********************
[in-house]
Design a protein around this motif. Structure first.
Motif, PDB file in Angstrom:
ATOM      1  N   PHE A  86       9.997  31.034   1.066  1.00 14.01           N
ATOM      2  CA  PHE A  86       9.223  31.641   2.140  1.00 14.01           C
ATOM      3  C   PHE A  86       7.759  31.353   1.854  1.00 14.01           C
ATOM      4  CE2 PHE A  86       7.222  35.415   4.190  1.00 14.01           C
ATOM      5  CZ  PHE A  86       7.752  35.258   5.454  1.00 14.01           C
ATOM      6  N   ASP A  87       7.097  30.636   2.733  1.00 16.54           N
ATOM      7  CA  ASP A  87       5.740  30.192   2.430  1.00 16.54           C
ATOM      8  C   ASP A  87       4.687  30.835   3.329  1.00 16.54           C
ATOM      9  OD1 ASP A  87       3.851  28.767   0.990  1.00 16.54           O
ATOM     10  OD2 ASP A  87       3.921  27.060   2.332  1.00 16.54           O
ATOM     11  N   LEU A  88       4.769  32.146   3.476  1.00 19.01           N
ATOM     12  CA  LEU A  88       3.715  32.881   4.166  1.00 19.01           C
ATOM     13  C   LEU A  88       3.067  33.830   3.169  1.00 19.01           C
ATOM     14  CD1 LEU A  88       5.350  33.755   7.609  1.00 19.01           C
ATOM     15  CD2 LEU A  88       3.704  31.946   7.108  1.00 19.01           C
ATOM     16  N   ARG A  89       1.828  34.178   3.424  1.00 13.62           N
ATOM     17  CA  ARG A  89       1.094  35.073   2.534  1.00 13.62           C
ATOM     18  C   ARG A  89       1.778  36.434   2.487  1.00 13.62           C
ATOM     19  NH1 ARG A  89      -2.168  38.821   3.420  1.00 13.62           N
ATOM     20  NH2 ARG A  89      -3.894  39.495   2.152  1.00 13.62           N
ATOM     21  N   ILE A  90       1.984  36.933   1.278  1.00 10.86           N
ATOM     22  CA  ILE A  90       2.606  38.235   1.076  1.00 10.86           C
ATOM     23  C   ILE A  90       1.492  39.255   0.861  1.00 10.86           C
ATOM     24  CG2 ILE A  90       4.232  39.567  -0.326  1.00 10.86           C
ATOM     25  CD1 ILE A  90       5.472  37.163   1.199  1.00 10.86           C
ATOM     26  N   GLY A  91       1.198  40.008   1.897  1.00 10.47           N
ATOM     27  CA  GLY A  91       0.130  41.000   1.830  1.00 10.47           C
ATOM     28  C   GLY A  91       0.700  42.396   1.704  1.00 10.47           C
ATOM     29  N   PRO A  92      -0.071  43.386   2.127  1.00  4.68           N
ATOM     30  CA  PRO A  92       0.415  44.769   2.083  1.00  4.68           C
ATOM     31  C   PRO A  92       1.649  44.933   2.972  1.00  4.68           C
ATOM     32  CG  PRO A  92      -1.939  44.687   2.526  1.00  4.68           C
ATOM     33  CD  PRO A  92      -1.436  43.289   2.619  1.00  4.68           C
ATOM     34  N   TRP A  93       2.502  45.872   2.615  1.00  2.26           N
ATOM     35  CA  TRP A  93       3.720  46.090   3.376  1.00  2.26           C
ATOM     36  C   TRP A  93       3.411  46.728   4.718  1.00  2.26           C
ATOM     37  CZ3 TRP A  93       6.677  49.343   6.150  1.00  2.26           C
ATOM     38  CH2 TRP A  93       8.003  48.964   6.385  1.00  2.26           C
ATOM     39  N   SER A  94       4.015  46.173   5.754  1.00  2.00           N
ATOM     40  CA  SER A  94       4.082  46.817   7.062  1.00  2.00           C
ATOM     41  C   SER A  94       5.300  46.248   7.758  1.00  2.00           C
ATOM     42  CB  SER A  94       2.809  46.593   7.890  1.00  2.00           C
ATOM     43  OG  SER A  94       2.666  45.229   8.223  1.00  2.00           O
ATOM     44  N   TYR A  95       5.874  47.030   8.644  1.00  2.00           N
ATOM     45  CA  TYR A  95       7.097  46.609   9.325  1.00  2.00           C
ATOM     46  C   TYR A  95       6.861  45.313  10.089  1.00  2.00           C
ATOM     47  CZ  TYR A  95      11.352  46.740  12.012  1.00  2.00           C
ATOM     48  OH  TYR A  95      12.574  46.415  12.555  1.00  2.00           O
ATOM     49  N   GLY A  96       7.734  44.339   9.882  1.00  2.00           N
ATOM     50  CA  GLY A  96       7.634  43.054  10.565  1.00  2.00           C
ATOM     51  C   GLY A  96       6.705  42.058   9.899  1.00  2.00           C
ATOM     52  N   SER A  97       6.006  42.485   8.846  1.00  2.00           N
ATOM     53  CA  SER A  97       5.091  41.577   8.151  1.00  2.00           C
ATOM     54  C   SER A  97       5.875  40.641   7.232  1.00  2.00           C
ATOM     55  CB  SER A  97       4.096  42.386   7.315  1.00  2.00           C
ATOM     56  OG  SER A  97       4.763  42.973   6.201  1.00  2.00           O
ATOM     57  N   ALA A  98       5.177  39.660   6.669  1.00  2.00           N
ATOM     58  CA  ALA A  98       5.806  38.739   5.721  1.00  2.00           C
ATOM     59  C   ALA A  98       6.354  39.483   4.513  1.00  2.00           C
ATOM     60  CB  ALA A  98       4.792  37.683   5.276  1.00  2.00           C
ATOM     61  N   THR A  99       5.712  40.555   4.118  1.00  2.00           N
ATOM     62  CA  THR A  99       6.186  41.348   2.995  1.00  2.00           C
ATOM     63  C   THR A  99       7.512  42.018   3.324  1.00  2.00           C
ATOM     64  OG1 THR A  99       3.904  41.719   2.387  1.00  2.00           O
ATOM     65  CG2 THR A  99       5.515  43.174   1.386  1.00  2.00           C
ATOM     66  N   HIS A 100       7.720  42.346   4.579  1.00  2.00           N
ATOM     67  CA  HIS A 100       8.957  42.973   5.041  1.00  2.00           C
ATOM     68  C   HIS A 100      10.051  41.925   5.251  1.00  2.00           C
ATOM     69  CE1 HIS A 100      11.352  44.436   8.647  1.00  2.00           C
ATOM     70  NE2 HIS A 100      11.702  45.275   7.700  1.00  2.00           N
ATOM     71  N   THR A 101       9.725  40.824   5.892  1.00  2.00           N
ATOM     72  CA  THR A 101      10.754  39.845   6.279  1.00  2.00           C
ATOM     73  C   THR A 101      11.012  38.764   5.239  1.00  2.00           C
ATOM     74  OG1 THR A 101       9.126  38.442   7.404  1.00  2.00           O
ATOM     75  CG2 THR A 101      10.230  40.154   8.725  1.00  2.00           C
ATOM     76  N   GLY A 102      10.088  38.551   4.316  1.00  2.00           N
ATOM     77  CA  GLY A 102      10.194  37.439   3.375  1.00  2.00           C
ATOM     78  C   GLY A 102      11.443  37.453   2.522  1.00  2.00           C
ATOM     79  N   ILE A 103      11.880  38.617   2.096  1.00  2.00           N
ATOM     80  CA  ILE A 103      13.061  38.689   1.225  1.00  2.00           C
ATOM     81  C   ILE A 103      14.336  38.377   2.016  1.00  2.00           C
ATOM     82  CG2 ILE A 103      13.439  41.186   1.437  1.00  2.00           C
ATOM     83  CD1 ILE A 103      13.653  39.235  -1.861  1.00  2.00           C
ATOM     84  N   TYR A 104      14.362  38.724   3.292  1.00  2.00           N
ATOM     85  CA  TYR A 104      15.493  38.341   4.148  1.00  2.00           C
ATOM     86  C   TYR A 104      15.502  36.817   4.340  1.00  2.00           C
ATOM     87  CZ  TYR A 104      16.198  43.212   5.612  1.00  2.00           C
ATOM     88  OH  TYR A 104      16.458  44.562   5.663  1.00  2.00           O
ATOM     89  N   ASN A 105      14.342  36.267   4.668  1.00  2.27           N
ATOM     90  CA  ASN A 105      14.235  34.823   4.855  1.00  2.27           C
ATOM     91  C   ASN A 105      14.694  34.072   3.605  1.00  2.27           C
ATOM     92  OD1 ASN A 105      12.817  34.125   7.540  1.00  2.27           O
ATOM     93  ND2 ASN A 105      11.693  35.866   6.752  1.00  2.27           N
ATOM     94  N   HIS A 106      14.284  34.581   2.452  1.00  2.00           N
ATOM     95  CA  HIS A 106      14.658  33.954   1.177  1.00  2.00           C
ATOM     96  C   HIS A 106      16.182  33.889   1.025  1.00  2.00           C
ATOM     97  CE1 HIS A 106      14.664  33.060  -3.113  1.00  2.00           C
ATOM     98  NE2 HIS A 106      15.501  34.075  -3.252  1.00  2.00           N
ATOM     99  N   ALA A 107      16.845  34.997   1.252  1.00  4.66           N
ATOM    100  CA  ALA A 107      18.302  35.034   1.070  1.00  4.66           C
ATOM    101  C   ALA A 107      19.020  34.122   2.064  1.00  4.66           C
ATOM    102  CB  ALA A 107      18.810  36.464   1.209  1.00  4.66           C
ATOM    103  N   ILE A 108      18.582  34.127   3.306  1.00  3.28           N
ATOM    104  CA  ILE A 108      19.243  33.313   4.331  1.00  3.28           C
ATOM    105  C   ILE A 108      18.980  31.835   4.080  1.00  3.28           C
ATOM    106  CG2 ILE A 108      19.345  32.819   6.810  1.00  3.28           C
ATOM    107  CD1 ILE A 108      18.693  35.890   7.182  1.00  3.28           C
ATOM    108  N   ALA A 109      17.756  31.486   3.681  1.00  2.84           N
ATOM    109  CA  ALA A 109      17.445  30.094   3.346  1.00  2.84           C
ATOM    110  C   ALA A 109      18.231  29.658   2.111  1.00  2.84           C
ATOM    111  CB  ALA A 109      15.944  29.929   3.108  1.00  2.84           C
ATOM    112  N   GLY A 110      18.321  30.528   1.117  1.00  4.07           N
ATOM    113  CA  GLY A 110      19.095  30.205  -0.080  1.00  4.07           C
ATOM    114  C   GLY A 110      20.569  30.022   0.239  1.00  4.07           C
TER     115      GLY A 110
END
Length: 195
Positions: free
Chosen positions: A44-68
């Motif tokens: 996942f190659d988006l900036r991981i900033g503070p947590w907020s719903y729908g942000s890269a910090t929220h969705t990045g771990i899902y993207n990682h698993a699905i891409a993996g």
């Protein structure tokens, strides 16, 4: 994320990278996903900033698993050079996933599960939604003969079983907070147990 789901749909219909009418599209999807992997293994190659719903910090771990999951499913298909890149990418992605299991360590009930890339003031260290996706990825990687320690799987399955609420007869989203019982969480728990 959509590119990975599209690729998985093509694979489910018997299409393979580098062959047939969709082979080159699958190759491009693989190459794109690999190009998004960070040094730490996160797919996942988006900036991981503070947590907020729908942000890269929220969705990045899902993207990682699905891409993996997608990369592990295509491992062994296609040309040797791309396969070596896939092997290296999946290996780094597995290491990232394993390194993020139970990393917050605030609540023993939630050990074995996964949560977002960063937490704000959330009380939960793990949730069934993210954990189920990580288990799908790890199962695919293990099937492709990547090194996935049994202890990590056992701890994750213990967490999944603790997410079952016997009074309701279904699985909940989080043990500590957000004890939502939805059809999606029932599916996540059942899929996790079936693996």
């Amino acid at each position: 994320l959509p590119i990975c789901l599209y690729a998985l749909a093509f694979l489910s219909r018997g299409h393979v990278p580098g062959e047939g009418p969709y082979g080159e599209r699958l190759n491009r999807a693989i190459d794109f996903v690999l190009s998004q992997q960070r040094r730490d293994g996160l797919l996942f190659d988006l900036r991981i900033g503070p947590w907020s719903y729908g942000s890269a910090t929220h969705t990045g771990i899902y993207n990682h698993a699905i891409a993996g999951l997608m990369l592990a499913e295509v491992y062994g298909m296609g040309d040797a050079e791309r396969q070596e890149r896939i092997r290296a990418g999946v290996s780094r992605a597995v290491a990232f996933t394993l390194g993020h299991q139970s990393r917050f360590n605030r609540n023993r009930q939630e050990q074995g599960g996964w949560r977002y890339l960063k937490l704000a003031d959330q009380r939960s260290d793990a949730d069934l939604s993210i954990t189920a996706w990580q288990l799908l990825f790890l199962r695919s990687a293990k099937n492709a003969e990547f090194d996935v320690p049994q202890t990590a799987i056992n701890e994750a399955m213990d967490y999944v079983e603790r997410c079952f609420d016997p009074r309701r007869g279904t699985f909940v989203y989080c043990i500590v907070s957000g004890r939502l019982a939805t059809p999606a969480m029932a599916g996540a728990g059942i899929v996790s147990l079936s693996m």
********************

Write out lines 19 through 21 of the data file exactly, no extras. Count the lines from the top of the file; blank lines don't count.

ATOM     16  N   ARG A  89       1.828  34.178   3.424  1.00 13.62           N
ATOM     17  CA  ARG A  89       1.094  35.073   2.534  1.00 13.62           C
ATOM     18  C   ARG A  89       1.778  36.434   2.487  1.00 13.62           C